Enhance employee engagement by offering opportunities for charity work
How would you like to spend your Saturday mornings with your company’s CEO and your team of employees… working in a local soup kitchen?
What would you think of supporting a reading program for at-risk youth in your town—one where your employees can volunteer for a couple of hours each week and help kids learn to read?
Or how would you feel about your entire team spending a long weekend helping build homes for veterans?
If this sounds interesting, but you’re worried about the time commitment either coming out of company hours or eating into employees’ weekends, then that’s a valid concern. However, before you shake your head and move on, it’s important to note that according to recent research, allowing employees to participate in socially engaged work can have a significant ROI in terms of talent attraction and engagement.
Here’s why: Today’s workers embrace their social responsibility and want to give back. What’s more, they want their employers to share those values and create work environments that facilitate giving back. As Suzanne Guillette reports in her Quartz article titled “Bottom up giving: The company that lets employees choose which local charities to support,” for employers, the incentive to do this lies in the fact that when employees feel good about what they’re doing at work, it offers a broader purpose to their jobs and gives them an additional reason to do their best at work every day.
How to choose a charity
There are so many charities and non-profits out there, choosing one can be confusing. However, there are a number of things to keep in mind. First, the cause has to appeal to your people. Ask your employees to suggest a number of organizations; then hold a poll to make the final selection. Second, it’s a good idea to choose a charity that can accommodate the number of volunteers your company would offer. For example, if 75 of your employees want to participate, choosing a home building charity is probably better than a small reading program. Third, you need to make sure that the charity is above board. Look into the history of the organization, and get your financial and legal departments to research it to make sure everything’s above board. And fourth, choose a charity that’s visible in your community. This makes it easier for your employees to feel involved and see how their efforts are making a difference in real people’s lives.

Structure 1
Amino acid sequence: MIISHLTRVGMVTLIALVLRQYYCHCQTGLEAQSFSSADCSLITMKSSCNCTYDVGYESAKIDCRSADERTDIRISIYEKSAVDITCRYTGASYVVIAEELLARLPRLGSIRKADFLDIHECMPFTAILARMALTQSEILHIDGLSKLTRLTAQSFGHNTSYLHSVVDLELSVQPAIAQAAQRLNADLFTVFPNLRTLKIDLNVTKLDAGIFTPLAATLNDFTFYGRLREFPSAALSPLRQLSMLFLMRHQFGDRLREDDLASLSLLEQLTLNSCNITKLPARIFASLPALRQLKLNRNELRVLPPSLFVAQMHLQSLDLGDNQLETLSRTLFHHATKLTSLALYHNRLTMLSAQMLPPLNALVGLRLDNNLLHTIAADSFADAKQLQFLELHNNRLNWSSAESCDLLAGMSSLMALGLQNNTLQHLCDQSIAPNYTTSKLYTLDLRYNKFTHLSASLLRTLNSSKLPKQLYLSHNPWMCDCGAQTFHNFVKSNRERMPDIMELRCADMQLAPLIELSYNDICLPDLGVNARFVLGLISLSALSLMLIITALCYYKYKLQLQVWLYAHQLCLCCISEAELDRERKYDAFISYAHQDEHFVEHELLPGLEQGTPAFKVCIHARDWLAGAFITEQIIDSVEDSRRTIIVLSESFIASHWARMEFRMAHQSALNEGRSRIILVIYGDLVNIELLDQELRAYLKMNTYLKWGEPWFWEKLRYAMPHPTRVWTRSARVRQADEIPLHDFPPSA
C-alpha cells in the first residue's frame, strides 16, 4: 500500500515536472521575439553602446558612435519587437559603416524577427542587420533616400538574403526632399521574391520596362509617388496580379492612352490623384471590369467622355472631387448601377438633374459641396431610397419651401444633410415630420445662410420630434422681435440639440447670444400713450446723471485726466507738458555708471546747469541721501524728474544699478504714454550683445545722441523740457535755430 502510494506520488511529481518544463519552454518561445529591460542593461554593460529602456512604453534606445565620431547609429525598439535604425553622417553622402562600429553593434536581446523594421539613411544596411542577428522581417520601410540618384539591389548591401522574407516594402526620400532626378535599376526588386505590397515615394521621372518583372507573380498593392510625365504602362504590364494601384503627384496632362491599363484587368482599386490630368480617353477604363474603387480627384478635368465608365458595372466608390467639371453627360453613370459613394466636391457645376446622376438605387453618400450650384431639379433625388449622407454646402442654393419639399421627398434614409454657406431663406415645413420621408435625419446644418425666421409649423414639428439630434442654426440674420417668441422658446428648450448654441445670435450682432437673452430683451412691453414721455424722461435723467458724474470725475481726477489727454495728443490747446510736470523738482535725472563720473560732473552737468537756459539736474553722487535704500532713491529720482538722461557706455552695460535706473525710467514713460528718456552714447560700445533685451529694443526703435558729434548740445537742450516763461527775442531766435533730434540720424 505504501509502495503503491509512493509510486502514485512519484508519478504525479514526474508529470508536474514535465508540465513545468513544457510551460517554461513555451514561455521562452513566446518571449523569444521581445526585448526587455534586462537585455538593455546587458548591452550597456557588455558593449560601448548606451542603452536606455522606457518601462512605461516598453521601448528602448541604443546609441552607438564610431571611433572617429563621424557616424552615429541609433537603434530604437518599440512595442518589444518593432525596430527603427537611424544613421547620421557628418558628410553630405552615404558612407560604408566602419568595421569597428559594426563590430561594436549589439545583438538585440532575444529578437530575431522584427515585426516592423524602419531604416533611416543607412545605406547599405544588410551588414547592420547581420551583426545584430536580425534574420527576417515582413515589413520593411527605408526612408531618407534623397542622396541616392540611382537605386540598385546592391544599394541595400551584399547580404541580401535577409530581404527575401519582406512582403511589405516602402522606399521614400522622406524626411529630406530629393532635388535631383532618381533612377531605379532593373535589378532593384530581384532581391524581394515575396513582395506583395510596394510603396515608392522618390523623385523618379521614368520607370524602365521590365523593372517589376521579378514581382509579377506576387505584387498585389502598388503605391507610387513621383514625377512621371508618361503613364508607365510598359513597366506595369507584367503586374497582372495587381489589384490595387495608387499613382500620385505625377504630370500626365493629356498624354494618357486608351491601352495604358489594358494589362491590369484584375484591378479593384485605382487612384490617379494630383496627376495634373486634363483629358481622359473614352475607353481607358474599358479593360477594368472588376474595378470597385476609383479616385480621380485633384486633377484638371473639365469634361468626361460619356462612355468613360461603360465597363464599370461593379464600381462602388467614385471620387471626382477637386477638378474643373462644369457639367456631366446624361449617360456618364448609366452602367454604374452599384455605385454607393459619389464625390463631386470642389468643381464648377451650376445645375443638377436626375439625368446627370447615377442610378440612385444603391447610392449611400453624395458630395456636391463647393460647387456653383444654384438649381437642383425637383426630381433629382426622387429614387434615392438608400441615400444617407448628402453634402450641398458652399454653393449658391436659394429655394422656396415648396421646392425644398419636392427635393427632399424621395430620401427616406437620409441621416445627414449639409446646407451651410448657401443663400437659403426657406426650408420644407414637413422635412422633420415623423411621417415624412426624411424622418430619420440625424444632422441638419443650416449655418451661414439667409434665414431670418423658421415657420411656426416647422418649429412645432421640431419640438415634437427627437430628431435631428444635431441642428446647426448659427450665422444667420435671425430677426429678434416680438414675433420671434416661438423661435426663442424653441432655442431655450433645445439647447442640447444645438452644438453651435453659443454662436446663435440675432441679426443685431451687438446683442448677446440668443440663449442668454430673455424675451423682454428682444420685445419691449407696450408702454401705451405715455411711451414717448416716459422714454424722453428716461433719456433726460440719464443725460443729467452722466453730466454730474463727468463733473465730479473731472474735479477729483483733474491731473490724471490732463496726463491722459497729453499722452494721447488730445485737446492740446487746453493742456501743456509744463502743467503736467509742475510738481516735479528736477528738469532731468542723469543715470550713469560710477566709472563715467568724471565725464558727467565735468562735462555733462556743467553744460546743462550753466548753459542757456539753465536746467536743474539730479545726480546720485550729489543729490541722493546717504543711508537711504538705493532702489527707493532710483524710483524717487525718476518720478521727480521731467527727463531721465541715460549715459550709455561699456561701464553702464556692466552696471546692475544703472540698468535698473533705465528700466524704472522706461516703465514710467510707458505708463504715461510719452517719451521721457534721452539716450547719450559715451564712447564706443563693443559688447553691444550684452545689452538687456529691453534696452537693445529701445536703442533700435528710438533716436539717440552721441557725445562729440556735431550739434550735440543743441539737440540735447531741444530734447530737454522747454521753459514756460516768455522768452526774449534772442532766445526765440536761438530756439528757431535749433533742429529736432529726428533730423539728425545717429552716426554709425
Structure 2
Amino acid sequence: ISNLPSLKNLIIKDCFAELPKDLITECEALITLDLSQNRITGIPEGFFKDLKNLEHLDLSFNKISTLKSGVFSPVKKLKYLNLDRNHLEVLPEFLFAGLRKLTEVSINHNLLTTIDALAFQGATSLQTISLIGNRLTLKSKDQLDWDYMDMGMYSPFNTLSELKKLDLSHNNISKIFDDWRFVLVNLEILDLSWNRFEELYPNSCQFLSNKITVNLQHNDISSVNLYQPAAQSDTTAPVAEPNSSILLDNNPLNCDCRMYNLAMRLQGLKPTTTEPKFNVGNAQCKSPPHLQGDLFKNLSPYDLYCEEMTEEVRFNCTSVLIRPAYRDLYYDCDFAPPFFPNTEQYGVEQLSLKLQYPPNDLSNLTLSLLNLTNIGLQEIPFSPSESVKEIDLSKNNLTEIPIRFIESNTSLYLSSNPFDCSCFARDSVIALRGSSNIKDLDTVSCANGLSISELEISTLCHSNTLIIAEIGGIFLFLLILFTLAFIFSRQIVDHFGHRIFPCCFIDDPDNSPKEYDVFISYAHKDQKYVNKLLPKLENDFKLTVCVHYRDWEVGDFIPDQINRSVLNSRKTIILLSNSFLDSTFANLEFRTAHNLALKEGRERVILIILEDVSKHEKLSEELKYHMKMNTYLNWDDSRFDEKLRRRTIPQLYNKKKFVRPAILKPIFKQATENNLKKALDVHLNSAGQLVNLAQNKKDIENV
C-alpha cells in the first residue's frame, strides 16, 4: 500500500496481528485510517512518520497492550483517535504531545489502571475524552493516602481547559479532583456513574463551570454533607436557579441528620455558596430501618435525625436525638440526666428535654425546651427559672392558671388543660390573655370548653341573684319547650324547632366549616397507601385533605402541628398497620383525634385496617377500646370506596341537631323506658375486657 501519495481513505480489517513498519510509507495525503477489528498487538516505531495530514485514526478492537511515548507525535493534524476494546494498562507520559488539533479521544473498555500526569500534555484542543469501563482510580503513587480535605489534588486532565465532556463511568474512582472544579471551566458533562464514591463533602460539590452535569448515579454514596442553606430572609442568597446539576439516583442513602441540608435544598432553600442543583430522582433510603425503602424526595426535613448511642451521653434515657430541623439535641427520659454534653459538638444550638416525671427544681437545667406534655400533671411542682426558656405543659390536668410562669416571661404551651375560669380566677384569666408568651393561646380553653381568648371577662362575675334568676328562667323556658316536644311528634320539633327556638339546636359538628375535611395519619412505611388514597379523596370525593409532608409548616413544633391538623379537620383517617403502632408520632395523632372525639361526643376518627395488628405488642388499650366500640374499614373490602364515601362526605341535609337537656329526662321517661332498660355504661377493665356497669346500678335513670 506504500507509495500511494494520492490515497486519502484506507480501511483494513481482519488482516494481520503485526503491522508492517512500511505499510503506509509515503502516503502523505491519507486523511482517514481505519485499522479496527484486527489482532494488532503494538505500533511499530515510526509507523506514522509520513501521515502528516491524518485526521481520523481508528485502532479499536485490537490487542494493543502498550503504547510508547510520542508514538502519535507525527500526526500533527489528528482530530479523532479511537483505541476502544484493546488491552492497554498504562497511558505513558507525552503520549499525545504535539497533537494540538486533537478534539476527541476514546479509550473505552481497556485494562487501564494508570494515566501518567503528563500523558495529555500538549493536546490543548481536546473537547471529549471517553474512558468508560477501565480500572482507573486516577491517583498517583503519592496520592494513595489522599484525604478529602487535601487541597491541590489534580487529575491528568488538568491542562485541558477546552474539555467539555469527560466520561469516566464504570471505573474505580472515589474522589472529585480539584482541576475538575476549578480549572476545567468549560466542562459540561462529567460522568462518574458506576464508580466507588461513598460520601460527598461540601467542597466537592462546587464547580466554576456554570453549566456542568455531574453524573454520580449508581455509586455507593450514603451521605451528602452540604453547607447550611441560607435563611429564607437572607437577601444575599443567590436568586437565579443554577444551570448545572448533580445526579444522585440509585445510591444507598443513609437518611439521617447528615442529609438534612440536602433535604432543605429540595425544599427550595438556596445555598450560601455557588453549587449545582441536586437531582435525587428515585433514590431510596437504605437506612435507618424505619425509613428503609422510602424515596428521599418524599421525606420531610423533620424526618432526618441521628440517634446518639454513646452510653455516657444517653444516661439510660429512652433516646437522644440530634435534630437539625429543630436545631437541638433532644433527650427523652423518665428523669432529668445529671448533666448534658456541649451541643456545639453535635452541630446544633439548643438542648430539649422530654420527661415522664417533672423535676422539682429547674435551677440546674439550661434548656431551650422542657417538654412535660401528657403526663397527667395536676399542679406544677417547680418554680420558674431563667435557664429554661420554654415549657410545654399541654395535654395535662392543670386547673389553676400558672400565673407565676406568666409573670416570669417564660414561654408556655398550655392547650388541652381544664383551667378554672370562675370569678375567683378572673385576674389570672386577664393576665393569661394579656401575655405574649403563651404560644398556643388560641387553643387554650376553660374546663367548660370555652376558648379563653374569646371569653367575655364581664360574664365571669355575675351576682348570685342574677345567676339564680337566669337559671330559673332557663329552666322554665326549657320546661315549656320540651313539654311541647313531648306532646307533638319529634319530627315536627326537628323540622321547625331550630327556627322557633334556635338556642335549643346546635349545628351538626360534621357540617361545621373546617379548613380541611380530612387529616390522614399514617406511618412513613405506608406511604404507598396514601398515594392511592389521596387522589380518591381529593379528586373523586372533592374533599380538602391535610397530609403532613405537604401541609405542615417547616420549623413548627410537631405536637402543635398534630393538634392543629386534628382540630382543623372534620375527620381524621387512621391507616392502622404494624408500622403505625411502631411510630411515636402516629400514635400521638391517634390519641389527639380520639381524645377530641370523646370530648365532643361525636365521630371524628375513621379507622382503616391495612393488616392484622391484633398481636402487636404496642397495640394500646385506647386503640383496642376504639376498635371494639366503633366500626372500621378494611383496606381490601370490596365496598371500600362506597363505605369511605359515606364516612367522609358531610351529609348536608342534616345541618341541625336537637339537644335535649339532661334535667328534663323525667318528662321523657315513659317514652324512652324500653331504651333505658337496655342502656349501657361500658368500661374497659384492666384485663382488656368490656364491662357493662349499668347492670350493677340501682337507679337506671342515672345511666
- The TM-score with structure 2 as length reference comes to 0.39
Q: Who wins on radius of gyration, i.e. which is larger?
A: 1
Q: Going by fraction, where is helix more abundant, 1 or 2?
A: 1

Maximize your volunteer program
There’s another reason to select a charity that’s visible in your community: it’s great publicity! Customers and clients will often be more inclined to do business with you when they’re aware of your philanthropic endeavors. At the same time, it’s hugely important for your employer brand. Currently employees can get an extra boost of satisfaction by giving back in this manner, and prospective employees can be attracted to your company because their values align with those of the organization. It’s also a great idea to organize a big fundraiser each year. Your company’s name and promotional abilities are likely to reach far beyond anything the charity could do on its own, which will result in more donations. A fundraiser is also an excellent PR opportunity that can give you weeks of social media material before, during, and after the event.
Offering opportunities for your employees to perform charity work can greatly enhance employee engagement and make your company an attractive employer for future talent. And as we’ve seen, it’s also great PR. But most importantly of all, when you put the power of a well-organized business to work for a struggling charity, you can make a positive impact on people’s lives and on society as a whole.